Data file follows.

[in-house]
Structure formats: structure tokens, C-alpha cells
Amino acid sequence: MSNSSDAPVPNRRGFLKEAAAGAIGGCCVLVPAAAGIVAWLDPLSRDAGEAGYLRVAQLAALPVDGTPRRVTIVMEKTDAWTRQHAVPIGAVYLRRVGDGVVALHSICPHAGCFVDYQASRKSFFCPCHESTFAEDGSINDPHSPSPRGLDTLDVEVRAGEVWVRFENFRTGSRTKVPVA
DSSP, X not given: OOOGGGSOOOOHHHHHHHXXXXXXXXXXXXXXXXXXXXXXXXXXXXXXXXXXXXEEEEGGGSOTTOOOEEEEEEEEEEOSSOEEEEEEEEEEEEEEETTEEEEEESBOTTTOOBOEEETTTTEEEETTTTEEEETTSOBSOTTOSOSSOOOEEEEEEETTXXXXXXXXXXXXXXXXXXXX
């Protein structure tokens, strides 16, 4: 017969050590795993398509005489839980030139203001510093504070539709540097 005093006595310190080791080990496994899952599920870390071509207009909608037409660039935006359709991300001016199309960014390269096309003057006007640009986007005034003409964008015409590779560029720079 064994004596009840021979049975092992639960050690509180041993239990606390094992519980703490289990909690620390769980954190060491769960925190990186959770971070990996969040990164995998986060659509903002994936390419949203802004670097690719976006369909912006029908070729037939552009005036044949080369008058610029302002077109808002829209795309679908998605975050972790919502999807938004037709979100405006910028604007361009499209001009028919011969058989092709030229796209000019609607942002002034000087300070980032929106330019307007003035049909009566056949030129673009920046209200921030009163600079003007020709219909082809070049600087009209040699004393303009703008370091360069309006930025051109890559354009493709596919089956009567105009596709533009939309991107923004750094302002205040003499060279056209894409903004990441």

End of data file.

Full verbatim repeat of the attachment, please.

[in-house]
Structure formats: structure tokens, C-alpha cells
Amino acid sequence: MSNSSDAPVPNRRGFLKEAAAGAIGGCCVLVPAAAGIVAWLDPLSRDAGEAGYLRVAQLAALPVDGTPRRVTIVMEKTDAWTRQHAVPIGAVYLRRVGDGVVALHSICPHAGCFVDYQASRKSFFCPCHESTFAEDGSINDPHSPSPRGLDTLDVEVRAGEVWVRFENFRTGSRTKVPVA
DSSP, X not given: OOOGGGSOOOOHHHHHHHXXXXXXXXXXXXXXXXXXXXXXXXXXXXXXXXXXXXEEEEGGGSOTTOOOEEEEEEEEEEOSSOEEEEEEEEEEEEEEETTEEEEEESBOTTTOOBOEEETTTTEEEETTTTEEEETTSOBSOTTOSOSSOOOEEEEEEETTXXXXXXXXXXXXXXXXXXXX
């Protein structure tokens, strides 16, 4: 017969050590795993398509005489839980030139203001510093504070539709540097 005093006595310190080791080990496994899952599920870390071509207009909608037409660039935006359709991300001016199309960014390269096309003057006007640009986007005034003409964008015409590779560029720079 064994004596009840021979049975092992639960050690509180041993239990606390094992519980703490289990909690620390769980954190060491769960925190990186959770971070990996969040990164995998986060659509903002994936390419949203802004670097690719976006369909912006029908070729037939552009005036044949080369008058610029302002077109808002829209795309679908998605975050972790919502999807938004037709979100405006910028604007361009499209001009028919011969058989092709030229796209000019609607942002002034000087300070980032929106330019307007003035049909009566056949030129673009920046209200921030009163600079003007020709219909082809070049600087009209040699004393303009703008370091360069309006930025051109890559354009493709596919089956009567105009596709533009939309991107923004750094302002205040003499060279056209894409903004990441």